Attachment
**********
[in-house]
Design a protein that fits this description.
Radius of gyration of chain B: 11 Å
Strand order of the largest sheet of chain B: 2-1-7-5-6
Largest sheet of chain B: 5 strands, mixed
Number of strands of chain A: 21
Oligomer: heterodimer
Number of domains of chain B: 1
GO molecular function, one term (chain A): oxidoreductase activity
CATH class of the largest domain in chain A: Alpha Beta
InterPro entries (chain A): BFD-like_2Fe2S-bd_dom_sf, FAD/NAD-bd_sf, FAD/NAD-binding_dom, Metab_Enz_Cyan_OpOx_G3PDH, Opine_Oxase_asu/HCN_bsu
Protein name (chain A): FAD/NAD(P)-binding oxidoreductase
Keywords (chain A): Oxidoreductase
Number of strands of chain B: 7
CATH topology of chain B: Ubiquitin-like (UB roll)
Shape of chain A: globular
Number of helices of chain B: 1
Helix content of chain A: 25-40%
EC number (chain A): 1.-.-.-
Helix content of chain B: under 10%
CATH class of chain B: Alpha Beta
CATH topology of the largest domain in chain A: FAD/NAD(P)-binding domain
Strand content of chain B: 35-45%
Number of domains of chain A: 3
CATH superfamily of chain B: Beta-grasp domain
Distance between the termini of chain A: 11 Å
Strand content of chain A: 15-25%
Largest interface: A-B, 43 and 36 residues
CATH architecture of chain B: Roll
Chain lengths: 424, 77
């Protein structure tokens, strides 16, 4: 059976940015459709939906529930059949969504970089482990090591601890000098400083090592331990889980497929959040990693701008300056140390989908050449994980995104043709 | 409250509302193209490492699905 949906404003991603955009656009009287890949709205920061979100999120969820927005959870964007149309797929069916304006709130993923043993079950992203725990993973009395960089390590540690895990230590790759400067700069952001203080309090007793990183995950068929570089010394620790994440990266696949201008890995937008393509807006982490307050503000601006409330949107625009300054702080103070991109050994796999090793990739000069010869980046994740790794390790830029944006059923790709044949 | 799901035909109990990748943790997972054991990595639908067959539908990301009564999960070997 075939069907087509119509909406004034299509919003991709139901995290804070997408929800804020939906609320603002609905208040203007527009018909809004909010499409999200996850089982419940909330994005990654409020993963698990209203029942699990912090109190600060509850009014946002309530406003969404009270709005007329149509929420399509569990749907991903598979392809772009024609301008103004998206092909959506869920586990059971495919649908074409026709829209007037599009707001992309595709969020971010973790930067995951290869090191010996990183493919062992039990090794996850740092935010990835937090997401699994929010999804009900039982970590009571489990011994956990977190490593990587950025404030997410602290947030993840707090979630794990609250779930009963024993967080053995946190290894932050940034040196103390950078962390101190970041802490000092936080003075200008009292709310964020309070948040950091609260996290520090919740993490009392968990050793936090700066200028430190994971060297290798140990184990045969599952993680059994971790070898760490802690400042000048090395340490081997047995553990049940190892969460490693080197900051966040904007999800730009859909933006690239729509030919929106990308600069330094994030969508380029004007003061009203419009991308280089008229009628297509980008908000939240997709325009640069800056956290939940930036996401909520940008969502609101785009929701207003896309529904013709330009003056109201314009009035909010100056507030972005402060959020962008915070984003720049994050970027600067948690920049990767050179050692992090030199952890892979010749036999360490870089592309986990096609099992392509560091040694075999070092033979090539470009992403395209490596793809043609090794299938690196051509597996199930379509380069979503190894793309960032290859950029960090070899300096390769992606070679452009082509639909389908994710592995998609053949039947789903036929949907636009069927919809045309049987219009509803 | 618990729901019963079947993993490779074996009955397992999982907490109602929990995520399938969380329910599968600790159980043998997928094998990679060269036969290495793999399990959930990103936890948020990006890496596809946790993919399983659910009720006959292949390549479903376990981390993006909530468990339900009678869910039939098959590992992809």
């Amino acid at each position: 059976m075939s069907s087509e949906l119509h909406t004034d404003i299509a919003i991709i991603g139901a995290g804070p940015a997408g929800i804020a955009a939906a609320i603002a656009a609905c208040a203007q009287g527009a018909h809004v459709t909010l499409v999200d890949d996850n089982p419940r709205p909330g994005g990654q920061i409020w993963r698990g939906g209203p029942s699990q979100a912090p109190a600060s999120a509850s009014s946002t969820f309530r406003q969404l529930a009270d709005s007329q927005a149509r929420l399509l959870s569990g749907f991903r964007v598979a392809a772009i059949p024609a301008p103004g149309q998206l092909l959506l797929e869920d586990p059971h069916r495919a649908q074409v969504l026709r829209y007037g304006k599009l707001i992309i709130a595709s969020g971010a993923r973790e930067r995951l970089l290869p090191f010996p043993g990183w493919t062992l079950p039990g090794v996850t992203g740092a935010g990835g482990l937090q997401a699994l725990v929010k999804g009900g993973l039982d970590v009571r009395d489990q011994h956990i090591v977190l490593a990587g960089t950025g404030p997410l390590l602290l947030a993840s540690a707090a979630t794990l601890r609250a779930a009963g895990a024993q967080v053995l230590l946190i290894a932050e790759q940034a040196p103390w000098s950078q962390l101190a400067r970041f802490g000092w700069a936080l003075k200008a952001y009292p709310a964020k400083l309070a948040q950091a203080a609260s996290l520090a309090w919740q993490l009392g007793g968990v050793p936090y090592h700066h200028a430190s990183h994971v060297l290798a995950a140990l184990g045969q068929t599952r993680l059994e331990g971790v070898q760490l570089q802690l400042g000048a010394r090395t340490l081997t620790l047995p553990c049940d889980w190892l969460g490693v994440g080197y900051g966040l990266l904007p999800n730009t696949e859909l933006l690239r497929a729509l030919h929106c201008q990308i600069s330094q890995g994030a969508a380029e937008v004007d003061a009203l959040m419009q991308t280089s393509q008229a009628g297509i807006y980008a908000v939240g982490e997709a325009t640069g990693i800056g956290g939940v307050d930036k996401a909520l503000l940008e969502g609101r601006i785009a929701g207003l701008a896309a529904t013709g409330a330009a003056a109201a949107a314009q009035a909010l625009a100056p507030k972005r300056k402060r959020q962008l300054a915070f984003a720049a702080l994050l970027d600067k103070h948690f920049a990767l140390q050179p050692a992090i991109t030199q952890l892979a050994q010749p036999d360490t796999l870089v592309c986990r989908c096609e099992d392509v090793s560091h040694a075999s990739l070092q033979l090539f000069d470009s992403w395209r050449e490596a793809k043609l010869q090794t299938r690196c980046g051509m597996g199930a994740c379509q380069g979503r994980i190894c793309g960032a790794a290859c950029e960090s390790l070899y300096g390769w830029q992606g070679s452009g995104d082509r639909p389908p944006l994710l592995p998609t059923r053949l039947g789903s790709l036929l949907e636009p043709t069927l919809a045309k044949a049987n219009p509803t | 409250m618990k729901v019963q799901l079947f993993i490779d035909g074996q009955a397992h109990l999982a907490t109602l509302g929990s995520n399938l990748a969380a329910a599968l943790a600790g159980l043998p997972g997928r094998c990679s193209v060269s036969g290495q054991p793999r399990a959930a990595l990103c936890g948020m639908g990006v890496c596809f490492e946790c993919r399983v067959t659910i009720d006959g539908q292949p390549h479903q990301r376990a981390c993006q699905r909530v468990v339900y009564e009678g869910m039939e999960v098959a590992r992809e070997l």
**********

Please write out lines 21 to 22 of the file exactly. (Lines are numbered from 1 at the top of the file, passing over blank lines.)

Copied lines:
CATH class of chain B: Alpha Beta
CATH topology of the largest domain in chain A: FAD/NAD(P)-binding domain